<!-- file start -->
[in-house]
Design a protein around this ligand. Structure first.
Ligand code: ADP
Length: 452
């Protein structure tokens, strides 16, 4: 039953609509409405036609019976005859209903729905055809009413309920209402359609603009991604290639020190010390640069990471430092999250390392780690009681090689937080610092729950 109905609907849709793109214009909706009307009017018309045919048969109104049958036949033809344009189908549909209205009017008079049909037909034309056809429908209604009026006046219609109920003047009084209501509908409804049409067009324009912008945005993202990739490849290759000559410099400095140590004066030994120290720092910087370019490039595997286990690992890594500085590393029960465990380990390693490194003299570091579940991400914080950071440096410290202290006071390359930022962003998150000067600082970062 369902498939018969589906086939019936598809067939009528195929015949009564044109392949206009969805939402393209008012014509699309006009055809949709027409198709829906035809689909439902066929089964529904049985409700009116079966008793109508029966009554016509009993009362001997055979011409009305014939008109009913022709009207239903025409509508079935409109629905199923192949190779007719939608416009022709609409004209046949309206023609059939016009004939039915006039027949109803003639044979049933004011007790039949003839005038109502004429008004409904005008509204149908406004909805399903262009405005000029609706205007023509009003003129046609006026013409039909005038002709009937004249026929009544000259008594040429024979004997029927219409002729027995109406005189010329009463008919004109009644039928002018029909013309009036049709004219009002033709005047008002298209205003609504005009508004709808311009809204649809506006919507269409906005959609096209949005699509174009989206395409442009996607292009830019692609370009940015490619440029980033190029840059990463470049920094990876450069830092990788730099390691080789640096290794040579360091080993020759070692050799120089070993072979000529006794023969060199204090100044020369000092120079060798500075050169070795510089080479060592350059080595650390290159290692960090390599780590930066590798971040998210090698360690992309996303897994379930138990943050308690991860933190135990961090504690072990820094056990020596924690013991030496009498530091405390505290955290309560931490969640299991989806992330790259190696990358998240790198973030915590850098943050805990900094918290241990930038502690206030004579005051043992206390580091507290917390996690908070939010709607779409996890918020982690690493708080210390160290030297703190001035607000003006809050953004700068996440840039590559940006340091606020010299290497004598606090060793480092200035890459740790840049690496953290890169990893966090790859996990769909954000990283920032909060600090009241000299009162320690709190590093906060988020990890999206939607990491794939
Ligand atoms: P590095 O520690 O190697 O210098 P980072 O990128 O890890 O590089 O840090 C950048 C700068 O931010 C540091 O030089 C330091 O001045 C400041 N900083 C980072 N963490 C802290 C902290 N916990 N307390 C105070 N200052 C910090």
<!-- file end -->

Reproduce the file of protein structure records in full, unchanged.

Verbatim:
[in-house]
Design a protein around this ligand. Structure first.
Ligand code: ADP
Length: 452
């Protein structure tokens, strides 16, 4: 039953609509409405036609019976005859209903729905055809009413309920209402359609603009991604290639020190010390640069990471430092999250390392780690009681090689937080610092729950 109905609907849709793109214009909706009307009017018309045919048969109104049958036949033809344009189908549909209205009017008079049909037909034309056809429908209604009026006046219609109920003047009084209501509908409804049409067009324009912008945005993202990739490849290759000559410099400095140590004066030994120290720092910087370019490039595997286990690992890594500085590393029960465990380990390693490194003299570091579940991400914080950071440096410290202290006071390359930022962003998150000067600082970062 369902498939018969589906086939019936598809067939009528195929015949009564044109392949206009969805939402393209008012014509699309006009055809949709027409198709829906035809689909439902066929089964529904049985409700009116079966008793109508029966009554016509009993009362001997055979011409009305014939008109009913022709009207239903025409509508079935409109629905199923192949190779007719939608416009022709609409004209046949309206023609059939016009004939039915006039027949109803003639044979049933004011007790039949003839005038109502004429008004409904005008509204149908406004909805399903262009405005000029609706205007023509009003003129046609006026013409039909005038002709009937004249026929009544000259008594040429024979004997029927219409002729027995109406005189010329009463008919004109009644039928002018029909013309009036049709004219009002033709005047008002298209205003609504005009508004709808311009809204649809506006919507269409906005959609096209949005699509174009989206395409442009996607292009830019692609370009940015490619440029980033190029840059990463470049920094990876450069830092990788730099390691080789640096290794040579360091080993020759070692050799120089070993072979000529006794023969060199204090100044020369000092120079060798500075050169070795510089080479060592350059080595650390290159290692960090390599780590930066590798971040998210090698360690992309996303897994379930138990943050308690991860933190135990961090504690072990820094056990020596924690013991030496009498530091405390505290955290309560931490969640299991989806992330790259190696990358998240790198973030915590850098943050805990900094918290241990930038502690206030004579005051043992206390580091507290917390996690908070939010709607779409996890918020982690690493708080210390160290030297703190001035607000003006809050953004700068996440840039590559940006340091606020010299290497004598606090060793480092200035890459740790840049690496953290890169990893966090790859996990769909954000990283920032909060600090009241000299009162320690709190590093906060988020990890999206939607990491794939
Ligand atoms: P590095 O520690 O190697 O210098 P980072 O990128 O890890 O590089 O840090 C950048 C700068 O931010 C540091 O030089 C330091 O001045 C400041 N900083 C980072 N963490 C802290 C902290 N916990 N307390 C105070 N200052 C910090």